Yesterday I was chez le coiffeur, and Charles and I were talking about his old-rose garden in Poitou.
I sighed and said, "I am envious. I wish I had just one tree of my own!"
The assistante began to hum "Auprès de mon arbre," the famous song by Georges Brassens.
Charles's face lit up. He recited:
Mon dieu je saurais supporter l'injuste solitude
mais laissez-moi un arbre, un seul pour l'abriter.*
"That's very nice!" I said. "Who wrote that?"
"I did," said Charles. He wrote it down for me and his face took on a dreamy look. "I used to write a lot of poetry when I was young."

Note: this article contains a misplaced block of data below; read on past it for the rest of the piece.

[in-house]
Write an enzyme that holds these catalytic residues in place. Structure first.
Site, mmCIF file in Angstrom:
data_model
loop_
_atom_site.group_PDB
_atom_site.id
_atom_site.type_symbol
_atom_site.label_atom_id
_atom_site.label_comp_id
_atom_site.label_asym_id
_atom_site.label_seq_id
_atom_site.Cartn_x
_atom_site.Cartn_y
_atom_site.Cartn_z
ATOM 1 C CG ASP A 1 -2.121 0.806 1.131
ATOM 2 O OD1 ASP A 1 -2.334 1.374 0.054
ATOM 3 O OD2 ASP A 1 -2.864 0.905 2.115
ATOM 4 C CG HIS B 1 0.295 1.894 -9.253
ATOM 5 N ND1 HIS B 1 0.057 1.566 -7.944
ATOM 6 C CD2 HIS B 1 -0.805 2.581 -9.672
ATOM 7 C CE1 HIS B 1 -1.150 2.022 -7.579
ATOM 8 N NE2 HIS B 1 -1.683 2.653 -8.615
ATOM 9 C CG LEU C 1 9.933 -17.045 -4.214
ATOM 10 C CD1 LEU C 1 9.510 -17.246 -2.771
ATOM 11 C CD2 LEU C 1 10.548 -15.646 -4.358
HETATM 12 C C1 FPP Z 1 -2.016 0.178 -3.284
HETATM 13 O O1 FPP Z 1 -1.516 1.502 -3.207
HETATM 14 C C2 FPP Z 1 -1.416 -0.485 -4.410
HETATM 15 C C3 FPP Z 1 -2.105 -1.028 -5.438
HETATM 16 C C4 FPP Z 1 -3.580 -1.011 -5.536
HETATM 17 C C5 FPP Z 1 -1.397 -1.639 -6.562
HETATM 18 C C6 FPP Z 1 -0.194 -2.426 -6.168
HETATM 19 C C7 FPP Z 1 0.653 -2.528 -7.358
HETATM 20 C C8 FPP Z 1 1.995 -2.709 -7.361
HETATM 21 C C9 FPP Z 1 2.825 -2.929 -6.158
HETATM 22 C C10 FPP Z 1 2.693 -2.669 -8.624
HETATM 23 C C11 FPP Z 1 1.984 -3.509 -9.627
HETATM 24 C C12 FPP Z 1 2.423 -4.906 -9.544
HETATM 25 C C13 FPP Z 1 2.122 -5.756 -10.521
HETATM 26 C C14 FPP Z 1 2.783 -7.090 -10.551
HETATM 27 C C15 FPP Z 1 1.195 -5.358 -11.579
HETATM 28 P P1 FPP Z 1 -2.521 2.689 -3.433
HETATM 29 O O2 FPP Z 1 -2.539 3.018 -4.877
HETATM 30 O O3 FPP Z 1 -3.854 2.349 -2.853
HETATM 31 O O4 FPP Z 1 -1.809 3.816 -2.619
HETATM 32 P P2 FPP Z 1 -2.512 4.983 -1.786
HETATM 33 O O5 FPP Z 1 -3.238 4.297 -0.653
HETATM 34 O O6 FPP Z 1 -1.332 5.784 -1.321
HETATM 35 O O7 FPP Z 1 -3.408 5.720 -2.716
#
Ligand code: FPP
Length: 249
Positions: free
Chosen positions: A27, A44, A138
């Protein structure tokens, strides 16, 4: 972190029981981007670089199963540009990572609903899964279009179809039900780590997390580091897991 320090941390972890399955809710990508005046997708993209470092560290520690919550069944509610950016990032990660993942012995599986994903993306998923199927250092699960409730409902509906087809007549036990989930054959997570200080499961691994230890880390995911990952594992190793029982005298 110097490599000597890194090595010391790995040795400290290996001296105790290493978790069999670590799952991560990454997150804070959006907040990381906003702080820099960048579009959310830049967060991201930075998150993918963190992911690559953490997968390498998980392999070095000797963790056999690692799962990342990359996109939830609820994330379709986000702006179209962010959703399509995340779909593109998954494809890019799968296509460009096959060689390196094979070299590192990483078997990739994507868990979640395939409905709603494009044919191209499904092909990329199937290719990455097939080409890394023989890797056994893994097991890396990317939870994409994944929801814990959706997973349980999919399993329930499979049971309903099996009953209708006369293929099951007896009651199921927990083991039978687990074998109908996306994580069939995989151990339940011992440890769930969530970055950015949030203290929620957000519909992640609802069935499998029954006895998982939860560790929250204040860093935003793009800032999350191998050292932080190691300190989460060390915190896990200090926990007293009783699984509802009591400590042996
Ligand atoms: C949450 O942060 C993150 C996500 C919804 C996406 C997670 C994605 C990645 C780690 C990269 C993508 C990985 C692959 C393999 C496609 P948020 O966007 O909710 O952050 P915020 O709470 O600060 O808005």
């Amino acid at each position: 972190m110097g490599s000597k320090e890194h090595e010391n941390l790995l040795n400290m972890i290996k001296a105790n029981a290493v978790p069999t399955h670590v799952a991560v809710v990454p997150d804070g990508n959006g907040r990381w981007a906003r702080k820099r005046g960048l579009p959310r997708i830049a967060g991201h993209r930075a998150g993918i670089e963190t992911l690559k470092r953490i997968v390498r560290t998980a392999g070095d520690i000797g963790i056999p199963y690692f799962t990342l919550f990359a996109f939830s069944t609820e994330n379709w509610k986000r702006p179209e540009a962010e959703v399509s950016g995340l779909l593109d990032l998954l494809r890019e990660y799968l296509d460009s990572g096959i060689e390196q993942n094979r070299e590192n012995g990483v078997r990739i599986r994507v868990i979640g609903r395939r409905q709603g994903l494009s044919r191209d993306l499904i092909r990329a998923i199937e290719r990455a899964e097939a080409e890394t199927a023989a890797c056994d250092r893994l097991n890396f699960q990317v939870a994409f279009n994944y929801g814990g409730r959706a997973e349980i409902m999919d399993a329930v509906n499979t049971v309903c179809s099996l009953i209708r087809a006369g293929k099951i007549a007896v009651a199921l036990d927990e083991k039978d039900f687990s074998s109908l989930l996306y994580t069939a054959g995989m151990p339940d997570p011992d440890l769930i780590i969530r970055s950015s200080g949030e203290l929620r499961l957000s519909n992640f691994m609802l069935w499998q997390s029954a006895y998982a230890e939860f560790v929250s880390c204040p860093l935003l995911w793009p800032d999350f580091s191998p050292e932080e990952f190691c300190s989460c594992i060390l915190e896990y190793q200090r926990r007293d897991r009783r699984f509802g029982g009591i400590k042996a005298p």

"I did too," I said. "My father said that everyone is a poet until age 25."
"I hope one day to begin again, when I have more time and peace," said Charles. He smiled. "I did not imagine this morning that I would ever be reciting my poetry to anyone, but what you said was exactly what I wrote, so it came into my head. C'est merveilleux!"
*[My God, I could bear the unfair loneliness
but leave me one tree, just one, to shelter it.]